It's the bane of many a light sleeper. The unrelenting sound of someone clearly enjoying a deep slumber but, in the process, denying others the same luxury.
Now one international hotel chain is taking action against snoring in the hope of helping all of its guests to sleep more soundly.
'Snore patrols' and 'snore absorption' rooms are being introduced at a number of Crowne Plaza branches all over the world to combat noisy sleepers.
Six of the company's hotels in Britain have implemented snore patrols this month while, what is thought to be, the first ever snore absorption rooms are being trialled in 10 hotels across Europe and the Middle East.
Designated quiet zones of hotels in London, Leeds and Manchester will have snore monitors patrolling the corridors.
Guests who snore too loudly will get a knock on the door from the monitors who will be listening out for offensive noises.
Laura Simpson, snore monitor for the Leeds Crowne Plaza hotel, said: 'We have quiet zones on two floors of the hotel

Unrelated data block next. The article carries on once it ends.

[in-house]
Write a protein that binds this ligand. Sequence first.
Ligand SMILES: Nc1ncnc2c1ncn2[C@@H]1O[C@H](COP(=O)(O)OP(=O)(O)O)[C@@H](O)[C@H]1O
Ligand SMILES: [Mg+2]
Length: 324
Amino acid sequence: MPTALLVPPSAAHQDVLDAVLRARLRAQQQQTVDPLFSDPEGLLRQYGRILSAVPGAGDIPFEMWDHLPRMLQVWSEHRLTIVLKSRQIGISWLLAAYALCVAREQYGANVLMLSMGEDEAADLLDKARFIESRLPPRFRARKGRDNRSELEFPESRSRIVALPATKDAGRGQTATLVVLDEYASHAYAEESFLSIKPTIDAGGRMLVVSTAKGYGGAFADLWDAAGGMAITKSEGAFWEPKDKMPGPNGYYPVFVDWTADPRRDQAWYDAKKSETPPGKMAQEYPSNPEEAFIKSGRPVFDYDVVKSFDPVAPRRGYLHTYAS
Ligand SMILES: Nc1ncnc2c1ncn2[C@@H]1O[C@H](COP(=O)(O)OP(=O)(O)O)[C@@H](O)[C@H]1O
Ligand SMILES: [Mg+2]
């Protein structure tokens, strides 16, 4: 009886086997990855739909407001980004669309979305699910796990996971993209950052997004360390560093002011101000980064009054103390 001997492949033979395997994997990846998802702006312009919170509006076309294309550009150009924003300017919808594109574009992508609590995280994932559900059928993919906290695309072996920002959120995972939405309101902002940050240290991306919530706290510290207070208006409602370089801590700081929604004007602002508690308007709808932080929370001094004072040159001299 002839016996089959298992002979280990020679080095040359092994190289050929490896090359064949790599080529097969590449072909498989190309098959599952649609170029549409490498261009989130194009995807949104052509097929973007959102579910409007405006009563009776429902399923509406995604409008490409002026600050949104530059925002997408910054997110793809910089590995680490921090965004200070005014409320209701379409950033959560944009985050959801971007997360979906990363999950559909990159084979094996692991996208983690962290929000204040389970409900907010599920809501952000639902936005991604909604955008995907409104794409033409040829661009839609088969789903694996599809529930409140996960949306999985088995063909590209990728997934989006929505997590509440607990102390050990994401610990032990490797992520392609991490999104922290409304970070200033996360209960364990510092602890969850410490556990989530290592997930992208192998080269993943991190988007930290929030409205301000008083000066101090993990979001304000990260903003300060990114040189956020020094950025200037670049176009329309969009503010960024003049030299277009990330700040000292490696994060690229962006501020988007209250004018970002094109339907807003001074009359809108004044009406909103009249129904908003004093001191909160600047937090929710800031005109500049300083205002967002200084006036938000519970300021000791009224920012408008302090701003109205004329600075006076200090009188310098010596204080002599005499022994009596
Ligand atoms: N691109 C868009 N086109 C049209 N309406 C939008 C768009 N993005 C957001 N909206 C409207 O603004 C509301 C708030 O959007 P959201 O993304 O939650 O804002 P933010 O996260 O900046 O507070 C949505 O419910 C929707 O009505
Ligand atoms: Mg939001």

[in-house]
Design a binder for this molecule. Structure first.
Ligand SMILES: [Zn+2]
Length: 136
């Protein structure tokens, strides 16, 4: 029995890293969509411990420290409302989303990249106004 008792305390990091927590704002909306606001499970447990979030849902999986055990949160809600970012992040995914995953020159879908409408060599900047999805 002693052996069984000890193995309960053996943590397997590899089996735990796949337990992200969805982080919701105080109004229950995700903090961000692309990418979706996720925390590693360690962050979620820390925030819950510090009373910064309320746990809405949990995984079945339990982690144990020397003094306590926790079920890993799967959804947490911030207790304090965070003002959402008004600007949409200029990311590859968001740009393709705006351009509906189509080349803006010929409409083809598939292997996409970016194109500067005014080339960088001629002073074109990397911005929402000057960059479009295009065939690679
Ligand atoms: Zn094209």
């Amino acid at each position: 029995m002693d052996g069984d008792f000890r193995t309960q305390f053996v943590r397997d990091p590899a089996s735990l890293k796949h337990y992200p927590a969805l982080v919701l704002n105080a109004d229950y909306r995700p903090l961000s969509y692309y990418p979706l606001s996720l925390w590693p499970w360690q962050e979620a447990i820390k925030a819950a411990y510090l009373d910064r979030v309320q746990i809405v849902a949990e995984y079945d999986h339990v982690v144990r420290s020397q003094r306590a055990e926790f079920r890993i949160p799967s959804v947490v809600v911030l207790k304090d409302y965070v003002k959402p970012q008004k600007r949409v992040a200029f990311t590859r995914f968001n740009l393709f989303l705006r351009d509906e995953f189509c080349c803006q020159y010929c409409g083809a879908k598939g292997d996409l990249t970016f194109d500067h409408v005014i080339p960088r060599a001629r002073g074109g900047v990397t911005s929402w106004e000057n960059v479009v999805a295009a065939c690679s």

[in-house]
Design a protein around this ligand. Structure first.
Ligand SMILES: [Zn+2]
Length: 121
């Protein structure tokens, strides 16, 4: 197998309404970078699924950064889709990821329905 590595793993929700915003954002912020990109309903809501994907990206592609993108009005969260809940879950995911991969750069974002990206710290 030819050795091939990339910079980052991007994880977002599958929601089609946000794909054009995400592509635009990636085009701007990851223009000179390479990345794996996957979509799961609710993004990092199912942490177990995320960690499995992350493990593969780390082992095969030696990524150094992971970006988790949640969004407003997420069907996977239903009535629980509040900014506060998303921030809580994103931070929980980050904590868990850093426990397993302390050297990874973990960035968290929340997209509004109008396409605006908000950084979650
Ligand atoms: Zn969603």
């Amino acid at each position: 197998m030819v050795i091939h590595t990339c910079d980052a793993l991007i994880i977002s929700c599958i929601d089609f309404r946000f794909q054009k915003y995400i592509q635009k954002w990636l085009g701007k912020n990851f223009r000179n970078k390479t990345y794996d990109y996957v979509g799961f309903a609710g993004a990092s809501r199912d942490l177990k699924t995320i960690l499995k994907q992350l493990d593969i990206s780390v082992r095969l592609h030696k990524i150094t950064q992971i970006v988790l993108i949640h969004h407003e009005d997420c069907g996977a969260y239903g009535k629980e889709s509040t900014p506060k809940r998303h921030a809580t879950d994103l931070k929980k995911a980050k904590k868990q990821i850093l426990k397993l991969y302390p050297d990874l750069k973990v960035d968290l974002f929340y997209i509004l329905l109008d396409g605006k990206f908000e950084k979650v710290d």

The noise police: The Crowne Plaza hotel in Manchester is one of three in the UK to introduce snore monitors to patrol the corridors
'As snore monitor, I conduct floor walks to check for noise disruptions, paying particular attention to the quiet zone rooms. Guests can ask to stay our quiet zone rooms if they are particularly light sleepers.'
If noisy sleepers cannot keep the volume down, they will be steered away from the quiet zone and offered an alternative room on their next stay at the hotel.
Ms Simpson added: 'If guests do continue to make noise we will suggest that the quiet zone is not really an area for them, and that they would probably be better off in one of our normal rooms.'
Cutting edge technology to reduce the repetitive noise will also be used in snore-absorption rooms, which are being introduced as an extra measure.
Sound proofed walls and headboards, anti-snoring pillows and white noise machines to ease guests' snoring are to be implemented at Crowne Plaza, owned by the InterContinental Hotels Group.
Spokesman Tom Rowntree said: 'We've all been there - lying wide awake at three o'clock in the morning burying our head under a pillow to drown out our partner's snoring.
'There's nothing worse than being kept up all night, that's why we've designed this specific snore absorption room to help give our guests a great night's sleep.'
About four in 10 people in the UK suffer from snoring, which is caused by a partial blockage of the upper airways, according to the British Snoring and Sleep Apnoea Association.